The ferret cut me off quietly. “‘She?’ You seem to be putting emphasis on the pronoun.”

I leaned in closer. “So I’ve always been fascinated by religion from a logical standpoint. Write what you know, right? I’m thinking that if I name her Mary, or if that’s too obvious than perhaps Magdalene or Maggie or Megs, I could add religious overtones to it – she is looking for something but she asks simple questions that others don’t. A la the Emperor’s New Clothes. And to make this not Christian-themed I would invent a religion, similar except that its holy person died by hanging so instead of crosses it has noose-shaped symbology and the noose looks like a drop of water, so there is a lot of water symbology here … what?” I realized that while I had gotten carried away, the corners of my guest’s muzzle had drooped into a slight frown.

He cleared his throat, nudged a cat away from exploring his tail. “What does she want? And what are the stakes?”

I hesitated. “I had a feeling you were going to ask that. I … don’t know. Maybe her husband died. Maybe she has a bone to pick with God because of it.” The ferret opened his mouth, but I shook my head. “And maybe what pushes her into action is … that she’s going to die too? Has a terminal disease … that somehow still allows her to actively go through the Hero’s Journey …”

I trailed off into silence. The ferret took a long sip of his tea. “Is this the kind of story you want to write,” he asked calmly, “a woman whose husband died, who is dying herself, who wants to go take it out on a diety she’s skeptical of in the first place?”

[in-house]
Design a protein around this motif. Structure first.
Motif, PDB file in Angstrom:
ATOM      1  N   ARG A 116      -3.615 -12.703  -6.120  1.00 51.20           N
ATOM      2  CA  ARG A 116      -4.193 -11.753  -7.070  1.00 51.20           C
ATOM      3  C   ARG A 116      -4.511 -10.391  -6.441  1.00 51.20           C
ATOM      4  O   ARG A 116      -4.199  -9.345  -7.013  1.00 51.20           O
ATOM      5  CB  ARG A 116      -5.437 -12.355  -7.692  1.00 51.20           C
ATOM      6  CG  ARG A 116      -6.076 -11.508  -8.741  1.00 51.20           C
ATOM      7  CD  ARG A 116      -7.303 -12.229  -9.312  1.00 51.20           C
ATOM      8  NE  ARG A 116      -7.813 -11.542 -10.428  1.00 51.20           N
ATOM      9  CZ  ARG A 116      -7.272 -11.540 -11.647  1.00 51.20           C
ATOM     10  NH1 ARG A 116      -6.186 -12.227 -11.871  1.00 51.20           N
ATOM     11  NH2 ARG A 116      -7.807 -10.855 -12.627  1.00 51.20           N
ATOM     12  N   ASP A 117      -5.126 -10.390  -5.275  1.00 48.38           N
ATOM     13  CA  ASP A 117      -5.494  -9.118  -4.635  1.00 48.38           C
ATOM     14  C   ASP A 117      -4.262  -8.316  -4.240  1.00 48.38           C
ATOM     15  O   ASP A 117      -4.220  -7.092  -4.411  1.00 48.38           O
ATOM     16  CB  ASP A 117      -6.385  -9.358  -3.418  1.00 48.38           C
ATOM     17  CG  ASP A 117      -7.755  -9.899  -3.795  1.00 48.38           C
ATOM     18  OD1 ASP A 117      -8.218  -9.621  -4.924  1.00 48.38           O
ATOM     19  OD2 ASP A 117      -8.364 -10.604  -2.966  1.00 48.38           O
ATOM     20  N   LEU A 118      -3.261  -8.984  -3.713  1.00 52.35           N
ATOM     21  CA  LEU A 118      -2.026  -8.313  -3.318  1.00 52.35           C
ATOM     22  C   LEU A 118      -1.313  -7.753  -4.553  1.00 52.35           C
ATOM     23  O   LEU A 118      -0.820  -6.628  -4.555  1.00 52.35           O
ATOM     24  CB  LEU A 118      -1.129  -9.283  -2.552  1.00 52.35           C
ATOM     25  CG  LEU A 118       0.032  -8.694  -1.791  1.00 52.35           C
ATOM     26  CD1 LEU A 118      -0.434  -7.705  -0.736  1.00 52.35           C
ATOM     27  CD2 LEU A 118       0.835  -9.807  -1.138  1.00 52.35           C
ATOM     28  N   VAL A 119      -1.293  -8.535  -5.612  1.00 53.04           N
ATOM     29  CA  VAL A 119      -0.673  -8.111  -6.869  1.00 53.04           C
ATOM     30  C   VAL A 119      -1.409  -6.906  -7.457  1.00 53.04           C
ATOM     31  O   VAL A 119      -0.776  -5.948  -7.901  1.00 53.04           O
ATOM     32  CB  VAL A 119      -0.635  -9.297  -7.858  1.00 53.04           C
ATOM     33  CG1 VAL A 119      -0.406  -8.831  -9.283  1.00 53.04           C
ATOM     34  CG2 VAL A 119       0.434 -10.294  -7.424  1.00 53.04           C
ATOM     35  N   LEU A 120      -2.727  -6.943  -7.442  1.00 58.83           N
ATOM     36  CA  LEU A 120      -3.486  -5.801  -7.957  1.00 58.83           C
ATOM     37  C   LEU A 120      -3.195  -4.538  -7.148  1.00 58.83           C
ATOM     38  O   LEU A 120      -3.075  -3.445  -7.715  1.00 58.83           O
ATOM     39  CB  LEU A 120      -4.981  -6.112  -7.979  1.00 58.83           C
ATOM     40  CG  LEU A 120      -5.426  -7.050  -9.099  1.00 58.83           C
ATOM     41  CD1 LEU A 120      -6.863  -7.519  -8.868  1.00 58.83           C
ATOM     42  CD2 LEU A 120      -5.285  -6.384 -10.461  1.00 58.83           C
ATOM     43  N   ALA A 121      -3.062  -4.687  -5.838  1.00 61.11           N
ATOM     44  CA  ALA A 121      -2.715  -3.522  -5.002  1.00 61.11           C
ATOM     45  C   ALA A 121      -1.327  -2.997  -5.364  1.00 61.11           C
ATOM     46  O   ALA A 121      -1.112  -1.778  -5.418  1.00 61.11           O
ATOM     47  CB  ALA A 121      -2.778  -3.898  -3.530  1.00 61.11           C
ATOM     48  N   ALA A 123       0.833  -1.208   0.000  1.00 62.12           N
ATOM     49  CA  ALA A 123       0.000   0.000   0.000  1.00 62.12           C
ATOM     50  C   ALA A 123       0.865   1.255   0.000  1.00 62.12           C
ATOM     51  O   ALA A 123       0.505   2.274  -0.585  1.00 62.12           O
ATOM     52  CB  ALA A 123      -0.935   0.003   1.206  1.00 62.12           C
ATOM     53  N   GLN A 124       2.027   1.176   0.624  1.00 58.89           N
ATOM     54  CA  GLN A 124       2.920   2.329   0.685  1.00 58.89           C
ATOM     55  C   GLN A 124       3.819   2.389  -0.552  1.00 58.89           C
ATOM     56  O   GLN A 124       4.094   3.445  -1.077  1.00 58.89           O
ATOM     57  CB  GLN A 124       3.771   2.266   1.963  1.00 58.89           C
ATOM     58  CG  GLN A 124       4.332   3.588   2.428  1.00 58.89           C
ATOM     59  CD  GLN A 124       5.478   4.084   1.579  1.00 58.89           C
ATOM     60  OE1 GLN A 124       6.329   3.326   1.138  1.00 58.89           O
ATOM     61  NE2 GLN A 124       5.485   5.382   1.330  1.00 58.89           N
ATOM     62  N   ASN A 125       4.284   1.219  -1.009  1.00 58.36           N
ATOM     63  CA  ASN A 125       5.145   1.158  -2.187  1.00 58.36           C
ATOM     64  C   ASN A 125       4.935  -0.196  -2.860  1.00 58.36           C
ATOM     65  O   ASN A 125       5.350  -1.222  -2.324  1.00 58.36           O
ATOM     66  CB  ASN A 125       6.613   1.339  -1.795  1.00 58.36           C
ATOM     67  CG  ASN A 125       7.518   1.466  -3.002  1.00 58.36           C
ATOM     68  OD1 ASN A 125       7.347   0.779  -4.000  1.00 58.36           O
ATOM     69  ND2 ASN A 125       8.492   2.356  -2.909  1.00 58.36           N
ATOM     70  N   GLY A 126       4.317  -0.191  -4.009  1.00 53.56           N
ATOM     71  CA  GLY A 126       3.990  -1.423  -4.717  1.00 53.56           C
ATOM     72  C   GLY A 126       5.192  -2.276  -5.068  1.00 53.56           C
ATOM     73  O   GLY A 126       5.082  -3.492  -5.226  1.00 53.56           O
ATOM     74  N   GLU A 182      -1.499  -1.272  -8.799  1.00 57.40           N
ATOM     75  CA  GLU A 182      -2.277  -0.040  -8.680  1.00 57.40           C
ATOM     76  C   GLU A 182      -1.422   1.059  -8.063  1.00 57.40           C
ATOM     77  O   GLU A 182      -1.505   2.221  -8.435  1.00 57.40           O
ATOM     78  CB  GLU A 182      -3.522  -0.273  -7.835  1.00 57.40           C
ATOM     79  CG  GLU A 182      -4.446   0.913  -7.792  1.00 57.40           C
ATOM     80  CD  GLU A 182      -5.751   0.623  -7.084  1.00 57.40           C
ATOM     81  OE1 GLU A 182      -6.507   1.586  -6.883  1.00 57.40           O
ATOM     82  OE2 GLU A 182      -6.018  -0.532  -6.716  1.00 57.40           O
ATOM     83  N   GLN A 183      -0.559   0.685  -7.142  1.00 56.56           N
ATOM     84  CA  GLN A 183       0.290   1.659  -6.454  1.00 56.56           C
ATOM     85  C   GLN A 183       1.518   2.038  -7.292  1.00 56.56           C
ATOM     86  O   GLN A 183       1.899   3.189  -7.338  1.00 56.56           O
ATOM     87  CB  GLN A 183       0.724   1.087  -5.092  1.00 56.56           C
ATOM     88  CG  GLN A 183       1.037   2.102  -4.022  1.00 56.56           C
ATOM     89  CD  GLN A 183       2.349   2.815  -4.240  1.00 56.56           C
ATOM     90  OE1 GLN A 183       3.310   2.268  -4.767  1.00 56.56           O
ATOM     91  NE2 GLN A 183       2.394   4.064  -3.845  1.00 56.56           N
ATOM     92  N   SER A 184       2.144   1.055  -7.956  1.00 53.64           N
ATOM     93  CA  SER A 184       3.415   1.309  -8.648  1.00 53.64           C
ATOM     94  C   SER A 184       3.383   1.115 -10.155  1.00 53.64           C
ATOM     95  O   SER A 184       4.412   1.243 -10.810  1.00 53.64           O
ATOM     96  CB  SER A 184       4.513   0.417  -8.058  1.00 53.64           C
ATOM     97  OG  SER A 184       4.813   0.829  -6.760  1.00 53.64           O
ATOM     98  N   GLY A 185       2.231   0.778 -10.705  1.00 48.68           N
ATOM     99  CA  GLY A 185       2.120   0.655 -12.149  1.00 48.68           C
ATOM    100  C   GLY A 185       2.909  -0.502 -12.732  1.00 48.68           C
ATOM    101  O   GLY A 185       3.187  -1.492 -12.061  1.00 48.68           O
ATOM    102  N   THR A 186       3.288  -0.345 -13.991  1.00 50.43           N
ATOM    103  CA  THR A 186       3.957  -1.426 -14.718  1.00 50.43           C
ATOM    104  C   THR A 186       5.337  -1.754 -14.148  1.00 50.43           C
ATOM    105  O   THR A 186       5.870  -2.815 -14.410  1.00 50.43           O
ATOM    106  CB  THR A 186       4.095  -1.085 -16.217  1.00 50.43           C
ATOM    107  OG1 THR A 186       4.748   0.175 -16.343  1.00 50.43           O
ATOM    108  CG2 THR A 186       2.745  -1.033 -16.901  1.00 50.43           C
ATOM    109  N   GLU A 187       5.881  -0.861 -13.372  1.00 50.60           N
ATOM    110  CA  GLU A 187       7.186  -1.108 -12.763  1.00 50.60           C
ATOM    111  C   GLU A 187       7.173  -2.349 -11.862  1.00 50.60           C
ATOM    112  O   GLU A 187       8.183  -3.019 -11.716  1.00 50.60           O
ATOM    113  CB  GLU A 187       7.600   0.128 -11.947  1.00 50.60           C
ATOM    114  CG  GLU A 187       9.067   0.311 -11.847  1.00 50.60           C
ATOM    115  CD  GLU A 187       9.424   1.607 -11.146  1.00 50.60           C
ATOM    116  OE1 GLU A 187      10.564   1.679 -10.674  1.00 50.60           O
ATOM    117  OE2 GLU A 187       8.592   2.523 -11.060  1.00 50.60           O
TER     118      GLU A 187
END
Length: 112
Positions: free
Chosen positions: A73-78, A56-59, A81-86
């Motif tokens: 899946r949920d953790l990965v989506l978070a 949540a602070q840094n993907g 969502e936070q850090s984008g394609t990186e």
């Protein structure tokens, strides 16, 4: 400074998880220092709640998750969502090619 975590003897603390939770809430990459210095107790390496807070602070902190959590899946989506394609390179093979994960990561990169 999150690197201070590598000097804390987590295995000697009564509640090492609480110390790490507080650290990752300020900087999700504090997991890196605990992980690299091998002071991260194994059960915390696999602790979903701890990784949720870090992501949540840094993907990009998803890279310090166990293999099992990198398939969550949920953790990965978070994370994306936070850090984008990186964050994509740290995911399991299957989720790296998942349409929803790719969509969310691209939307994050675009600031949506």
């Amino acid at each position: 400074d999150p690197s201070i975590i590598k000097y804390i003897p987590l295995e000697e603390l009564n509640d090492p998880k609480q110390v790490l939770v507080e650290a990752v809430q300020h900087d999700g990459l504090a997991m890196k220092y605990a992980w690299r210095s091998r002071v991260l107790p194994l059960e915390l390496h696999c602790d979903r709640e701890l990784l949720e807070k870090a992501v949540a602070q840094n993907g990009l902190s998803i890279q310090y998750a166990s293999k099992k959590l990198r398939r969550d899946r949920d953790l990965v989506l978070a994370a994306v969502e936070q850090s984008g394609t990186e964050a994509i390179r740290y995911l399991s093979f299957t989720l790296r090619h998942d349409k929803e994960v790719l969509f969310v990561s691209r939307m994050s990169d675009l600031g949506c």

I shrugged, then shook my head no.

He considered his words for another few moments. “It sounds,” he said, petting a purring cat which had somehow ended up in his lap, “that you are trying to be A Writer. You care a great deal about creating something worth creating! And to that end, you’ve put a lot of thought into how to construct it – so much thought that all the fun seems to have been sucked out of the process. Would you say that’s accurate?” I readily nodded to him. “I know you know this already, but maybe it’ll help to hear it spoken aloud: you’re not the first person to run into this particular wall.

“I have three rules on a sign I keep above my computer,” he continued. “And they are: Have Fun! Don’t Think! Don’t Care! All I can say is that these notions were hard-won and they helped me. Maybe they can help you too.”

Conversation meandered thereafter; he remarked on the weather and the book tour for the latest children’s novel in the Budgie Ferret’s Friends series that had brought him close enough for a social call. I inquired after his wife and how her own characters were doing. “Misbehaving,” he replied with a gleam to his eye. But finally the morning was late and the tea was gone and it was time for him to be on his way. I helped to lift a cat from his lap – this was the other cat (they were taking turns), who was now somewhat perplexed at the turnabout of having been slightly shed on by ferret fur. I had no pity.

But as I saw Mr. Ferret to the door, I still had something to ask. “I’m glad you found me at home today – most days I would have been at the office. I had set the day aside for creative writing, in fact, to fight with this story I’ve been trying to make happen, and my goal was to sit down and post fifteen hundred words as proof that I’d done it. Thank you for showing me that there are other ways to go about it, but that still leaves me with an unfulfilled self-imposed challenge and my original question still lacking an answer. What do I want to write?”

“I’ve seen you wrestle with matters like this before by hashing them out between two characters,” he said. “Perhaps that’s a start, a way to help you find your own voice again?”

I pursed my lips and leveled a skeptical look at him. “If I can’t even follow a formula to come up with a story outline,” I told him, “I really think that dashing off a piece of Socratic dialogue is beyond me, off the cuff like that. I’m just not good at it.”